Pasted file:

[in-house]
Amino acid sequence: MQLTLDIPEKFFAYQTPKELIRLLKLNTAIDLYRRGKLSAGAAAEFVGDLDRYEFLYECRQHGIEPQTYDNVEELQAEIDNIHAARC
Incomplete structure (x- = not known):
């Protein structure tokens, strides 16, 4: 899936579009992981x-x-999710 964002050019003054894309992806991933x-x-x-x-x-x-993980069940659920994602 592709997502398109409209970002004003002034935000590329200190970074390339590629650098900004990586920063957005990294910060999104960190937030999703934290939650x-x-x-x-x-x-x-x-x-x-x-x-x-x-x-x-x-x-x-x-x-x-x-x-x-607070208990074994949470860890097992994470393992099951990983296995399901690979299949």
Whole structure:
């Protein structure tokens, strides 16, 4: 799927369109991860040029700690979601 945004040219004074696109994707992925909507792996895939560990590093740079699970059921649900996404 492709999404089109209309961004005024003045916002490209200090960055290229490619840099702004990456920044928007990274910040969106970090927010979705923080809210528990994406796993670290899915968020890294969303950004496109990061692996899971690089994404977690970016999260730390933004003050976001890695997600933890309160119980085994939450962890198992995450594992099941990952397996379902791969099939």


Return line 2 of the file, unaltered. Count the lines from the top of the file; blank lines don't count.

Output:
Amino acid sequence: MQLTLDIPEKFFAYQTPKELIRLLKLNTAIDLYRRGKLSAGAAAEFVGDLDRYEFLYECRQHGIEPQTYDNVEELQAEIDNIHAARC